Soccer in South Korea has seen a sharp growth in fandom ever since the 2002 Korea-Japan World Cup. Although Korea and Japan are bitter rivals, the fact that the two nations co-hosted the first World Cup held in Asia is a very interesting fact. Through the 2002 World Cup, both Korea and Japan built new stadia for the games to be hosted.
For South Korea, the 2002 World Cup served as a catalyst in establishing a strong fandom for the K-League and developing players such as Ji-Sung Park. The captain of the 2002 South Korean national team, Myung-bo Hong, is now the coach of the current national team. South Korea has undergone a successful changing of the guards with the emergence of players such as Seungyeung Ki(Sunderland), Heung-min Son(Leverkusen), and Chu-young Park(Arsenal).
The blog that I chose, called Lierse’s Factory, talks about a variety of topics, ranging from the relationship that soccer has with politics to the most up-to-date player transfer and match analysis. The blog only has one author, Lierse, who updates the blog quite frequently.
The main categories are divided into five: Column, Review/Preview, Solnium de Football, and Rising Stars.
The column section features the most ariticles. Here Lierse voices his opinion on a wide range of subjects. One of the most recent posts was about how the modern tactic has evolved. Interestingly, he takes the concept of Social Darwinism and applies it to soccer, saying that the most fitting tactic and a tactic that keeps evolving will outlast other tactics. Here he talks about the two great styles of Barcelona and Bayern Munich. He argues that Barcelona was able to adapt in the post-Rijkaard era by sticking to their “tiki-taka” ideology. With their La Macia system producing solid youngsters, Barcelona has won many trophies and have also contributed in Spain capturing the most recent and Euro tournament. On the other hand, Lierse also talks about Bayern Munich and how they were able to win the 2012/13 Champions League. Munich, by adding physical players such as Javi Martinez and Dante, were able to suffocate Barcelona and were able to take home the Big Ear by defeating Dortmund. Although Barcelona was able possess the ball, it was Munich who came away with the win at the end.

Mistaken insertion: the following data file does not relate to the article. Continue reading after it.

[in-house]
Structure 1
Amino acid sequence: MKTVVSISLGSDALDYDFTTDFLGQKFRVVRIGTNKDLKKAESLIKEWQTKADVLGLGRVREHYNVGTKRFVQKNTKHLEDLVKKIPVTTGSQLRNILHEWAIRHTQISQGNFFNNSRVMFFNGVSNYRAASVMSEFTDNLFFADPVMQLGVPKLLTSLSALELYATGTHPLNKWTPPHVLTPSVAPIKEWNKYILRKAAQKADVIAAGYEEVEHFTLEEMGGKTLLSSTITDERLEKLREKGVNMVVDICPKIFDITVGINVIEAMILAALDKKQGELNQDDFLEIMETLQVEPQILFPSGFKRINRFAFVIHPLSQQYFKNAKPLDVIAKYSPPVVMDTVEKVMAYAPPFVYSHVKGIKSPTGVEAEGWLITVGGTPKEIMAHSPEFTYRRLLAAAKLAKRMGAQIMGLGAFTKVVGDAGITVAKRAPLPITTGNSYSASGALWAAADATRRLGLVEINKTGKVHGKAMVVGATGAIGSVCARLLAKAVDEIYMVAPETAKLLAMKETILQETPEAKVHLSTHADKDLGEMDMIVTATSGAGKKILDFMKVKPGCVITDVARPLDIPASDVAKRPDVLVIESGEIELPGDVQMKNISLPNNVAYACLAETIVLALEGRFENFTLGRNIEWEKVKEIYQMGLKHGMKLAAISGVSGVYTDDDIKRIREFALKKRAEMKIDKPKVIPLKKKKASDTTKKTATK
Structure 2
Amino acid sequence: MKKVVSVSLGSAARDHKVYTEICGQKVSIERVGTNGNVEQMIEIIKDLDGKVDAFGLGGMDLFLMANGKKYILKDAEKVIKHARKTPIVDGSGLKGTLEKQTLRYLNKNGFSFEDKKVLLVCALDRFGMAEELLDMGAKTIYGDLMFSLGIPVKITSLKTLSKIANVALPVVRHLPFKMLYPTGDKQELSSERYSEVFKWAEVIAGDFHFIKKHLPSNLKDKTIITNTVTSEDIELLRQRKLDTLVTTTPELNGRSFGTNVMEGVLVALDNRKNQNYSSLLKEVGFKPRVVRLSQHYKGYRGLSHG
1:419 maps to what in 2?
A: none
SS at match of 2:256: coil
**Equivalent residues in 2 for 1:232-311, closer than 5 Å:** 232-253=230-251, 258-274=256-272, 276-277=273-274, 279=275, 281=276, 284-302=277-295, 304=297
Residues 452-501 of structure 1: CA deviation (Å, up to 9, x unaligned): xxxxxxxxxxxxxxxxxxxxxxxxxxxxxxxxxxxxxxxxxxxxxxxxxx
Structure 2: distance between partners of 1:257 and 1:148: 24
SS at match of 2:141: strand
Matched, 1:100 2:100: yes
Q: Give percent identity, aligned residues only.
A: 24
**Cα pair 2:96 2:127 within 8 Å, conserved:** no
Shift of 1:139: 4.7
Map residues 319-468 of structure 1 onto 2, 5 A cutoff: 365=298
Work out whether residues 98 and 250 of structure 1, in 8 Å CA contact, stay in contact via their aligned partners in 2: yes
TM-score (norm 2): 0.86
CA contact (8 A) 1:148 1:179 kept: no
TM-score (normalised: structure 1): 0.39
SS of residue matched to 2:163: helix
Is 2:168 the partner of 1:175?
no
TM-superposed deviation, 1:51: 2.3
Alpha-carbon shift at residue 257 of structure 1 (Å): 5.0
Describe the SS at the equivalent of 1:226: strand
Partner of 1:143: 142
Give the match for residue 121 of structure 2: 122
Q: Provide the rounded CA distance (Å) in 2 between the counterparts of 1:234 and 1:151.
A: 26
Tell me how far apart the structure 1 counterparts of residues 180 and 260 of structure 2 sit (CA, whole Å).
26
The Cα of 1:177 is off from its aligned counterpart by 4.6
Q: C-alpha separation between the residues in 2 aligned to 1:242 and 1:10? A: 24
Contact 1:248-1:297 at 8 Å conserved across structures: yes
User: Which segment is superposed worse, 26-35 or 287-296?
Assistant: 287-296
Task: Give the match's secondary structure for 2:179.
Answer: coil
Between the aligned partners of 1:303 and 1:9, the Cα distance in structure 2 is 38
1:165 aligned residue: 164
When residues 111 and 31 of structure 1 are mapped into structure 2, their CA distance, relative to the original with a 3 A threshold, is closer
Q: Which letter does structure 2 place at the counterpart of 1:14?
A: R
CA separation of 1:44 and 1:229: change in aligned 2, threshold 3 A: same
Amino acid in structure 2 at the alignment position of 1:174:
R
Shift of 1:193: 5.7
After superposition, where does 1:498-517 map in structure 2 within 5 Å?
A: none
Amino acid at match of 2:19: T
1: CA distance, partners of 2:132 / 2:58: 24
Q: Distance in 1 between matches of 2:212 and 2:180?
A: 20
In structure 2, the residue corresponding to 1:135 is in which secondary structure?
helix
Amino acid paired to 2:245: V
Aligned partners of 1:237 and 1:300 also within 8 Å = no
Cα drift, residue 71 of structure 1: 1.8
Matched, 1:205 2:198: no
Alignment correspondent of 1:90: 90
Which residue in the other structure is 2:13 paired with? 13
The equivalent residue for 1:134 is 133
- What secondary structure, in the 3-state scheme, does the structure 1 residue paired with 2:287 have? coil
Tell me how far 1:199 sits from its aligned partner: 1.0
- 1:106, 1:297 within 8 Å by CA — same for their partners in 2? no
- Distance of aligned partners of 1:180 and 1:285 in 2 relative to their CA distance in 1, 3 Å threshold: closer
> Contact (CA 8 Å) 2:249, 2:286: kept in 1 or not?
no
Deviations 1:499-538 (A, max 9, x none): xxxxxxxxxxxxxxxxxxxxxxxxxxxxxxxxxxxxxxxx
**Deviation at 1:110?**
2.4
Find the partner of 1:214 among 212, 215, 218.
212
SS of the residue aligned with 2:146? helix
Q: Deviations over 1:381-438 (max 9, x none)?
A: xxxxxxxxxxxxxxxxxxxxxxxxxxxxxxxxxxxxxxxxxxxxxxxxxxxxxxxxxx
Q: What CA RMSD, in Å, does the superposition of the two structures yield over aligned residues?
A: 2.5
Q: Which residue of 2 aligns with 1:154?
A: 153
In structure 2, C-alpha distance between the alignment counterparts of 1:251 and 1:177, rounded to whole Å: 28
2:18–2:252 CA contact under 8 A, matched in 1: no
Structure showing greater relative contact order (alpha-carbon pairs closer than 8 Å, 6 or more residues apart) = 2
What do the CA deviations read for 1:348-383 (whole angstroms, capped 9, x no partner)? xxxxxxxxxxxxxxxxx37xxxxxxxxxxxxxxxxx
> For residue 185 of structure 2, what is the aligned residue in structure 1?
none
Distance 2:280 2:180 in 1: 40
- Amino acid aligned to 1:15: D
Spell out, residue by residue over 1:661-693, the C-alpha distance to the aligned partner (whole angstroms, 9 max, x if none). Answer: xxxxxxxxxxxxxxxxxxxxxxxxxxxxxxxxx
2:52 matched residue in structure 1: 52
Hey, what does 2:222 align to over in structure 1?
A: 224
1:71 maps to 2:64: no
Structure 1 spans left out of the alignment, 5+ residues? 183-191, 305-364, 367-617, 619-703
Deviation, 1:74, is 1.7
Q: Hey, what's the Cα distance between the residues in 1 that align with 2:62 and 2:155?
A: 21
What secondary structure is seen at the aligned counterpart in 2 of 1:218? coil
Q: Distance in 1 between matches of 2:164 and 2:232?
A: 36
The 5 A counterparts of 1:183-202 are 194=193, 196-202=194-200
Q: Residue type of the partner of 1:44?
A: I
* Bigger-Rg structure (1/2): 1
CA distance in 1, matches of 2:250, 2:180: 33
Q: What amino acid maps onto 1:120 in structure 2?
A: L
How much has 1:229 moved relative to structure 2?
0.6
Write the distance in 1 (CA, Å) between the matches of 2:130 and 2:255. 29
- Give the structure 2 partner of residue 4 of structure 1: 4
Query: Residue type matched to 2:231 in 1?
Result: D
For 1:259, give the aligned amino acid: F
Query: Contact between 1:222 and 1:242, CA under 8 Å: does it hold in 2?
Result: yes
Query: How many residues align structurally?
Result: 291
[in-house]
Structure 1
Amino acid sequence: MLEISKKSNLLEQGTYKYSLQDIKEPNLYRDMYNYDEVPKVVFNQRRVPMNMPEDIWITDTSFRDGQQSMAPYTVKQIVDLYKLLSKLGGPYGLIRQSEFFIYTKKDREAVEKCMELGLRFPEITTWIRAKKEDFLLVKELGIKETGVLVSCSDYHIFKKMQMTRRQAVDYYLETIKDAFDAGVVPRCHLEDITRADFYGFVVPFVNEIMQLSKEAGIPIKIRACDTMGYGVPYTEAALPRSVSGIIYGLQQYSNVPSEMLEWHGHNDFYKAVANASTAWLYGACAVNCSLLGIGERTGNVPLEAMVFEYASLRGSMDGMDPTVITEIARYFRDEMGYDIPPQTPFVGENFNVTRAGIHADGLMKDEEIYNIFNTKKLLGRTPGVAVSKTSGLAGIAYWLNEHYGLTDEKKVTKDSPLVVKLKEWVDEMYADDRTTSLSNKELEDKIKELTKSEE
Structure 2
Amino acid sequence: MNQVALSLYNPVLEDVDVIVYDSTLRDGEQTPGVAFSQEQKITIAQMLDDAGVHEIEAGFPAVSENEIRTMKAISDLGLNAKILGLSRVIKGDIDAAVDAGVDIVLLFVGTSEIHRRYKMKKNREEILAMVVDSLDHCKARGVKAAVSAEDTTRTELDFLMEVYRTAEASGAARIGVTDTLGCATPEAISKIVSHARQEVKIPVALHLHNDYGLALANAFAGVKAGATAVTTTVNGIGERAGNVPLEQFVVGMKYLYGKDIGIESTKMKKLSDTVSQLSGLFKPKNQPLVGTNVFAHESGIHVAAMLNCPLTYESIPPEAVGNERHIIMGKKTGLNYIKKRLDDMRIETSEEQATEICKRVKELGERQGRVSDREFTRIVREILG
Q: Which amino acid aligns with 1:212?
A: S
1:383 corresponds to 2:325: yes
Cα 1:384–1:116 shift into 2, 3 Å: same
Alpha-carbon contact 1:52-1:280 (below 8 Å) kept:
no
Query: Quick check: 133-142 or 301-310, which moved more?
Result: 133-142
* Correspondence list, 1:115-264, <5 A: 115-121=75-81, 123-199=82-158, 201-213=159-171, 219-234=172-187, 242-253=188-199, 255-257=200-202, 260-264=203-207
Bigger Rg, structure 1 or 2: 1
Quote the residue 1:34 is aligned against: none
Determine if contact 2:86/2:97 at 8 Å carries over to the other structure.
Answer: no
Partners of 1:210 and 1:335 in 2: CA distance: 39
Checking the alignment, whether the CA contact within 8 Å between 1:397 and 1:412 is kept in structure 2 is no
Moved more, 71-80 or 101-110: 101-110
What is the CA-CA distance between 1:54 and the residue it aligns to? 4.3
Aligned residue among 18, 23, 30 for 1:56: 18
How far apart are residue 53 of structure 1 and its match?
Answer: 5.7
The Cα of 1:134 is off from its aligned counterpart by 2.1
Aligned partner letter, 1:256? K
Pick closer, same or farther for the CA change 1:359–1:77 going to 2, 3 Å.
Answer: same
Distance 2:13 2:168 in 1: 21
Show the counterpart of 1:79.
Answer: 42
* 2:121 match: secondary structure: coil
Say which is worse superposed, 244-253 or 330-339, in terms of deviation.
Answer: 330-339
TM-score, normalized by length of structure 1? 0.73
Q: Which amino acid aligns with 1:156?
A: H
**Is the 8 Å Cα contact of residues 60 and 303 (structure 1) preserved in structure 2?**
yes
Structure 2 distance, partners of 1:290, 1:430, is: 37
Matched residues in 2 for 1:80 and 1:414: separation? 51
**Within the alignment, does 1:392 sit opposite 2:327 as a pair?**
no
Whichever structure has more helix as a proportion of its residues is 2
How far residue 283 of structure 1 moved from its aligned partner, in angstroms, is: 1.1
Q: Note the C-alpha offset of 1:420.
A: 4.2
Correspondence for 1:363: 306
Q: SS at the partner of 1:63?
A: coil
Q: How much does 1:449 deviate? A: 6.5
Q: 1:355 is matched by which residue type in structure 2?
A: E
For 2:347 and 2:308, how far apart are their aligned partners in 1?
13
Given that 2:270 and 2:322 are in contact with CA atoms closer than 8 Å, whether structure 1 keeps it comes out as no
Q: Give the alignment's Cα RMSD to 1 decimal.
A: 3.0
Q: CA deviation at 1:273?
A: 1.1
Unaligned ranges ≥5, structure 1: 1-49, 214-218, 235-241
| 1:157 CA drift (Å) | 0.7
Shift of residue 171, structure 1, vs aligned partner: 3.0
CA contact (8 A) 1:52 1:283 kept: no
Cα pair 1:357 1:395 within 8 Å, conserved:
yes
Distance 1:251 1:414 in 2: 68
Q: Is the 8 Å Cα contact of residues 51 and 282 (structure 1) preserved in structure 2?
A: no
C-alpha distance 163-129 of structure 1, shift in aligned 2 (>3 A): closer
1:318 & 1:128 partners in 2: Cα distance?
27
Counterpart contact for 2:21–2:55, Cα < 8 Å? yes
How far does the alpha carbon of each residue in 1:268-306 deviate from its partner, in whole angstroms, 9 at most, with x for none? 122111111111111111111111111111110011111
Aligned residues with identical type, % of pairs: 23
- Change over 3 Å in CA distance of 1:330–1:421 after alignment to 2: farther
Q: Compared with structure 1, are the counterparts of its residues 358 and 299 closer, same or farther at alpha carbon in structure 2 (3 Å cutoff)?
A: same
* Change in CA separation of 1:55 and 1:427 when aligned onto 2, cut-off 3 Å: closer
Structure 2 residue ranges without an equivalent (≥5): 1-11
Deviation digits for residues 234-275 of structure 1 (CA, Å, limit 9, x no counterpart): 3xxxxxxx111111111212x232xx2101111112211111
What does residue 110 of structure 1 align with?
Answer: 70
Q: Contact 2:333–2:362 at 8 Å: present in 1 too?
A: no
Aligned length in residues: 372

In the review/preview section Lierse talks about how teams in the English Premier League fared so far. He mentions QPR, Liverpool, Arsenal, Man United, Man City, Chelsea, and Newcastle to talk about who they brought in/who they sent off and how they will do in the league.
In Solnium de Football section, Lierse mentions the “hot issues” that are going on in modern soccer. For example, he talks about how Rory Delap assisted with his long throw in, how Jose Mourinho’s attire affects his style of coaching, how Pep’s always tidy suit ties in with Barcelona. To sum up, this section talks about the miscellaneous yet interesting topics that we might skip over.
In the last section, the Rising star section, Lierse talks about the most talked about young players in the game today. To name a few: Thiago Alcantara, Erik Lamela, and Rafael Varane. He talks about how these players were brought up, what games they need to develop, what they have done well, and such.
His blog is the first thing that comes up in the Korean search engine “Naver.” This is like the Korean equivalent of Google so we can see how popular his blog is. There are over 1400 subscribers to his blog and is growing every day.
I have no idea what the name Lierse refers to but I think it’s a pretty interesting blog on the whole. I wish he had some articles on North Korea and the North Korean players who play in South Korea.